Sponsors of 401(k) and 403(b) plans are on board with the IRS' new hardship withdrawal regulations, applauding one key required provision in particular: They will no longer need to suspend employee contributions for six months following hardship distributions.
Indeed, there's little plan sponsors dislike about the new regulations. Perhaps the only issue — aside from the tight window within which to implement the required rule changes — is that they have to amend their plan documents, which sponsors are generally loath to do, according to industry experts.
Large employers that use individually designed plans have a fair amount of time to file their amendments but small- and midsize employers with so-called "preapproved plans" have a much tighter window, said Michael Hadley, a partner with Davis & Harman LLP in Washington.
Large plan sponsors have two years from the release of the IRS' latest required amendments list to amend their plan documents. If the IRS releases the list mid-December, as it does every year, they will have until Dec. 31, 2021, to amend their documents. For sponsors of preapproved plans, however, the deadline could come as early as May 15, 2020, depending on factors such as the employer's tax year and whether the employer files for an extension on its tax return, according to Mr. Hadley.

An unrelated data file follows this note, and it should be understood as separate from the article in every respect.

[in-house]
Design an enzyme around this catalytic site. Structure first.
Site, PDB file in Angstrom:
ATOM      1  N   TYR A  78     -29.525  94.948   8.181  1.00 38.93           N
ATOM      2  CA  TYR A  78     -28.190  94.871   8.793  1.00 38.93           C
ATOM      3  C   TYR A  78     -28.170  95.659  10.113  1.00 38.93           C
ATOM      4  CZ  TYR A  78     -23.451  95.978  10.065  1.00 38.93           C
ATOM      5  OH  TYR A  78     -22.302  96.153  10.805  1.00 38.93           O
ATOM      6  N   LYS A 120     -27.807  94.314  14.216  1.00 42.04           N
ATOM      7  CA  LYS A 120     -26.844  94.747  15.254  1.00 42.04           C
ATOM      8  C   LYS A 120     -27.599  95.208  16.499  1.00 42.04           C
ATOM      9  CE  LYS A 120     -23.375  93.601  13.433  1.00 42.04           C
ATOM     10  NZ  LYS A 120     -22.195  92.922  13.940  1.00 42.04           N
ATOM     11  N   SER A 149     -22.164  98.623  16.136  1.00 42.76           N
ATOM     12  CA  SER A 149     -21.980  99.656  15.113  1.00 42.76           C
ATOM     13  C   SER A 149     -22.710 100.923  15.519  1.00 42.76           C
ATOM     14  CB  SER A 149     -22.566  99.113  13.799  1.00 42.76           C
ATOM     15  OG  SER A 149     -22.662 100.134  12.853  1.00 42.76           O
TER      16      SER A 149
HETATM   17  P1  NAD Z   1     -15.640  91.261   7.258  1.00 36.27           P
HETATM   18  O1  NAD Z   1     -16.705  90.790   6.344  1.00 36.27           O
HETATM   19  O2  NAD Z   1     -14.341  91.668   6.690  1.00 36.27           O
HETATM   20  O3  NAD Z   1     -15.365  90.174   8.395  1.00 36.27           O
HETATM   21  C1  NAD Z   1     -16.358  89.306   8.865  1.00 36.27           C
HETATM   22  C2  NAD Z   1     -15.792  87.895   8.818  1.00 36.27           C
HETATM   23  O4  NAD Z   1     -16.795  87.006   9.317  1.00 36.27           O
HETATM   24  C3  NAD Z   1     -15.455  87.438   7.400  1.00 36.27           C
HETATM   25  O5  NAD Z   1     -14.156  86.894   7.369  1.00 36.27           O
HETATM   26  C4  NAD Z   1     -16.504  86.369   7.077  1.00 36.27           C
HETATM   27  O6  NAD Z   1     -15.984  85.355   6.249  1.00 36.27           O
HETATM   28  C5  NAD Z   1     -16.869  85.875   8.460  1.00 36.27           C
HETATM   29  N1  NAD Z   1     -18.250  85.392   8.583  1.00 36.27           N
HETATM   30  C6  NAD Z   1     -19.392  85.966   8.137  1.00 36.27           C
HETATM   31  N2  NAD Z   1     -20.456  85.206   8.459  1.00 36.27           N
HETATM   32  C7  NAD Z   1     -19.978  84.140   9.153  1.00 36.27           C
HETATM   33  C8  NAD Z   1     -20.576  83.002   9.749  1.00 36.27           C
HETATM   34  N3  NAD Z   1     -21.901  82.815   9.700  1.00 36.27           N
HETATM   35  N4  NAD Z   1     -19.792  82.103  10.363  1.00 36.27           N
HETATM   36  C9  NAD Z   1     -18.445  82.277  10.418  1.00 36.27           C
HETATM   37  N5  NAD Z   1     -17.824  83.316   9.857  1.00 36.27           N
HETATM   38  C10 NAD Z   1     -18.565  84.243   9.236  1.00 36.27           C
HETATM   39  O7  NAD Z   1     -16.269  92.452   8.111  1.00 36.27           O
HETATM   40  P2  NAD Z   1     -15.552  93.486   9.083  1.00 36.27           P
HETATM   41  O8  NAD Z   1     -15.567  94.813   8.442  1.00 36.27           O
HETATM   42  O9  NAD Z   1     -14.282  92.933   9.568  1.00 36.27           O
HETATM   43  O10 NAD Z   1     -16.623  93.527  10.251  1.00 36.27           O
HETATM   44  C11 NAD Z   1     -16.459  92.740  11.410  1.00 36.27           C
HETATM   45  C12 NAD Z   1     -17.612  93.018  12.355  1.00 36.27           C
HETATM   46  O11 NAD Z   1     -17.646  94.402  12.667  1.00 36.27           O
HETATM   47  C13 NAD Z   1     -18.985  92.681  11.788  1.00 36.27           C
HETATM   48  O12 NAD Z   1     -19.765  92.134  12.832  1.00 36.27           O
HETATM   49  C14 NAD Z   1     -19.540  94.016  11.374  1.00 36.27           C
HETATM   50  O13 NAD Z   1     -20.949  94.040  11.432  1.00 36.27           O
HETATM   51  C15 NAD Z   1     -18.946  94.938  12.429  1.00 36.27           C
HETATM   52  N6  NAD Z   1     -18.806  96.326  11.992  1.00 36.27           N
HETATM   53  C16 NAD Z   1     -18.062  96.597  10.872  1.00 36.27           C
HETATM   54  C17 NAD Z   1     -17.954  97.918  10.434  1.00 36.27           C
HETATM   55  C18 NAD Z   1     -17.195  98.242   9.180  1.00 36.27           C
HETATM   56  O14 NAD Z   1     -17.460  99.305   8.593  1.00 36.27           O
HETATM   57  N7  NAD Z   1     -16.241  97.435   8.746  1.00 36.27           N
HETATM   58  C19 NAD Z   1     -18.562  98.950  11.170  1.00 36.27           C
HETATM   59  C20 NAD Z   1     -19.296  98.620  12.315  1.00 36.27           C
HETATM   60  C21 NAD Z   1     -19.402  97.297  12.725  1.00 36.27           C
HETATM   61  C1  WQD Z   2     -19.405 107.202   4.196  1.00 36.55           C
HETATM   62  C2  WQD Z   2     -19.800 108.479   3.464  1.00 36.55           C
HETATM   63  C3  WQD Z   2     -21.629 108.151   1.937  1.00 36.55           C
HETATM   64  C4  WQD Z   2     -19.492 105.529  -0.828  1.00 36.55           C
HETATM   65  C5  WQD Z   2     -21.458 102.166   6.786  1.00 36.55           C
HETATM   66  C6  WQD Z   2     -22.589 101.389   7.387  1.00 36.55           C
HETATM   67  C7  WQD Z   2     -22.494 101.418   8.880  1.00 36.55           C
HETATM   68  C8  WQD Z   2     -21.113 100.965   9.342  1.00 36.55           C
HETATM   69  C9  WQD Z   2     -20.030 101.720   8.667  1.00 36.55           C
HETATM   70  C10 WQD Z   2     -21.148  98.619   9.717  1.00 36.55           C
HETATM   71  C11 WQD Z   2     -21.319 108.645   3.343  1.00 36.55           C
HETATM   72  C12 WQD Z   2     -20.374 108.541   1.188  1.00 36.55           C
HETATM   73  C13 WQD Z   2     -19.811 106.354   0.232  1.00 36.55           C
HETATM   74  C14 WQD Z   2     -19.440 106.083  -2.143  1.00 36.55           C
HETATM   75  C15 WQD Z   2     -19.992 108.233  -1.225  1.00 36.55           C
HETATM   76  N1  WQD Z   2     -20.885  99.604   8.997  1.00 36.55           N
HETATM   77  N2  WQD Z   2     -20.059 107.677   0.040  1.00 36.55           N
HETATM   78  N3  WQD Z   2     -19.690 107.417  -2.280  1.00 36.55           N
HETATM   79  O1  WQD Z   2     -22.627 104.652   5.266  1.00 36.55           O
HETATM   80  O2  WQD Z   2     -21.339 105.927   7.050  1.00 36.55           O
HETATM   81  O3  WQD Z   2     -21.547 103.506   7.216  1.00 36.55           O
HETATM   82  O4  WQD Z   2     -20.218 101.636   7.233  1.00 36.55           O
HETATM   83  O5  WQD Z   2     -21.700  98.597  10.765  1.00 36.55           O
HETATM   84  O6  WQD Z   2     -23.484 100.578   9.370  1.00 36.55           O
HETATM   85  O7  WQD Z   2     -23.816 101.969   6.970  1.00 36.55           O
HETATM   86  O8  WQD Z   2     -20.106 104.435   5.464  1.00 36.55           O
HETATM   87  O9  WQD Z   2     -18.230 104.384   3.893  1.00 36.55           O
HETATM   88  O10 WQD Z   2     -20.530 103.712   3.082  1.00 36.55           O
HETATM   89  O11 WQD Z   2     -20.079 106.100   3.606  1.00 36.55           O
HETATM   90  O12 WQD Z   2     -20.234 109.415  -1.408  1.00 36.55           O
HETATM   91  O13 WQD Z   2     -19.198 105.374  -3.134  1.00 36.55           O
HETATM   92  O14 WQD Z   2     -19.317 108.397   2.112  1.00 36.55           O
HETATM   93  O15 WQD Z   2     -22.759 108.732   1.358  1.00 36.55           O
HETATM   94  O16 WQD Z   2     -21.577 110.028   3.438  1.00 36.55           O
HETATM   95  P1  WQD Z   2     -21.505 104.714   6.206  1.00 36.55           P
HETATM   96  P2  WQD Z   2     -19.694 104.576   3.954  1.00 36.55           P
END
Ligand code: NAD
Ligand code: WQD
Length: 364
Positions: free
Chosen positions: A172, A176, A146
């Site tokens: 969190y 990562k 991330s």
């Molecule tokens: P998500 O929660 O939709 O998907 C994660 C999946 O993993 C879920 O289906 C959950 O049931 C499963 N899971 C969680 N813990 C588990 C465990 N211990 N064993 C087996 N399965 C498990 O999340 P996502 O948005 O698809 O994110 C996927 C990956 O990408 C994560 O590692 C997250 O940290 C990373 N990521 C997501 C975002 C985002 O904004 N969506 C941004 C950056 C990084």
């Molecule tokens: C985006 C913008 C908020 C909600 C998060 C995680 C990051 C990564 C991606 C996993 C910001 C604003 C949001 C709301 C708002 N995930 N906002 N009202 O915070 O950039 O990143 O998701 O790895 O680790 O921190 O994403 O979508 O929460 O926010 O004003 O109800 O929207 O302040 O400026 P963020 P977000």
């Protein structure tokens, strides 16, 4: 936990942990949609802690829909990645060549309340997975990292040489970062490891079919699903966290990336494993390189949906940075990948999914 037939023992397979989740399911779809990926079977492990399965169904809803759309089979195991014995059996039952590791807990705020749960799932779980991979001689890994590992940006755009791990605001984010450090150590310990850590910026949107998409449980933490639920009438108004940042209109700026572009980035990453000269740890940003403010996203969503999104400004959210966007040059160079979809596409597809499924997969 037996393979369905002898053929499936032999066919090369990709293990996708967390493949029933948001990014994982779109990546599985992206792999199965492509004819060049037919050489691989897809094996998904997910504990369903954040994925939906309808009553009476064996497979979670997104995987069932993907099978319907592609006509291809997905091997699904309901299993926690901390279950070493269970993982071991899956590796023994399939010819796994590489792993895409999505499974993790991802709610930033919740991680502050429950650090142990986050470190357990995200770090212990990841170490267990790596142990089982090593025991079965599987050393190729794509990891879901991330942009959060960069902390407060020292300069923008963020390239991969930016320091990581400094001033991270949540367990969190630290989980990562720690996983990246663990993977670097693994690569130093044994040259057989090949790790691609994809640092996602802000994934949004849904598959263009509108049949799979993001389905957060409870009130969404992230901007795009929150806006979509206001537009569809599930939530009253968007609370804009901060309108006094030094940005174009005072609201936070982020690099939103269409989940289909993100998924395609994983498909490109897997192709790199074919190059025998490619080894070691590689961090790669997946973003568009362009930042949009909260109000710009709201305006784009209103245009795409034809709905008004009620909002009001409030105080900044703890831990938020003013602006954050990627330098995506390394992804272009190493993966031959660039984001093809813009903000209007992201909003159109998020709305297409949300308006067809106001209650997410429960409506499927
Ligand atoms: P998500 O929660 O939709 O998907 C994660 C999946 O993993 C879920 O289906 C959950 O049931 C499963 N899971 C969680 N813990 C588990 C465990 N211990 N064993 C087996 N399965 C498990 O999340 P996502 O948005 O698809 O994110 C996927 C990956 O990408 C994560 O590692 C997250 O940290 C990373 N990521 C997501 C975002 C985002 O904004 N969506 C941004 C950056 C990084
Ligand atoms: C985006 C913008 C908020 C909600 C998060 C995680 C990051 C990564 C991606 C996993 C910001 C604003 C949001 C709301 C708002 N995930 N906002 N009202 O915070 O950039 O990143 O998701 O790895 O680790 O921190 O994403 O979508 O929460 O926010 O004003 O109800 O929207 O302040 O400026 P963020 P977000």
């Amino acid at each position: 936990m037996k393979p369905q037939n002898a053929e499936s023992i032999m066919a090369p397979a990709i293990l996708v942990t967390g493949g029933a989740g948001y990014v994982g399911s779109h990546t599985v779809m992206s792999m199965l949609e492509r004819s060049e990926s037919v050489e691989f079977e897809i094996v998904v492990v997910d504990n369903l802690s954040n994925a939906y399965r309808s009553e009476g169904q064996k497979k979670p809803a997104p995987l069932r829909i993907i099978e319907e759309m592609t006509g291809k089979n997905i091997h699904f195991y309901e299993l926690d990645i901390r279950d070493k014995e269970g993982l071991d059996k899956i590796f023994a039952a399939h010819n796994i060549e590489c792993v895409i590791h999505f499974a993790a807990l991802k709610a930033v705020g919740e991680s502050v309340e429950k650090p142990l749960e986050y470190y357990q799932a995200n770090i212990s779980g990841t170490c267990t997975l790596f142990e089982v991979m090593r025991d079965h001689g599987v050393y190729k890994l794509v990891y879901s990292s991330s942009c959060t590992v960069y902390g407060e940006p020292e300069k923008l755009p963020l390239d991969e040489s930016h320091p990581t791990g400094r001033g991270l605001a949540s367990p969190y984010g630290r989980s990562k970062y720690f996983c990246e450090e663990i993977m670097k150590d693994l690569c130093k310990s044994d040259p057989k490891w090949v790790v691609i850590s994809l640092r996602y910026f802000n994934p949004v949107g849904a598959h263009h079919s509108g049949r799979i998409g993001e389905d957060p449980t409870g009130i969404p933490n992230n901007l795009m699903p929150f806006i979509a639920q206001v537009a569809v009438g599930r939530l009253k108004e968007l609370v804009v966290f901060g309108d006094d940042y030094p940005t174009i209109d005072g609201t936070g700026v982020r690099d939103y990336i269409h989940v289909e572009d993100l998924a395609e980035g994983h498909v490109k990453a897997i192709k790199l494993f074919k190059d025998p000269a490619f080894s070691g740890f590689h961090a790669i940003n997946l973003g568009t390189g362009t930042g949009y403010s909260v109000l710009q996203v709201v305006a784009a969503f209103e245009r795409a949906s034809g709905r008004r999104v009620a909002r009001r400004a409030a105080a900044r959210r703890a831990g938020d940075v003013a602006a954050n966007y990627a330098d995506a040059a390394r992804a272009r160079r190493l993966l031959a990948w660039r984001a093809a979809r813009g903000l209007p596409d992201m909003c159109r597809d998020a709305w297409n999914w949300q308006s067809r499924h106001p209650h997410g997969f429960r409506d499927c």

The amendment deadline for preapproved plans is generally the due date of the tax return for the year in which the amendment is required to be effective, Mr. Hadley said.
Sponsors of preapproved plans, however, may be breathing a sigh of relief soon. The IRS has signaled that it will address their worries so that they won't have overly tight amendment deadlines, said Will Hansen, chief government affairs officer at the American Retirement Association in Arlington, Va.
"In the end, I think our concerns will be largely taken care of," Mr. Hansen said.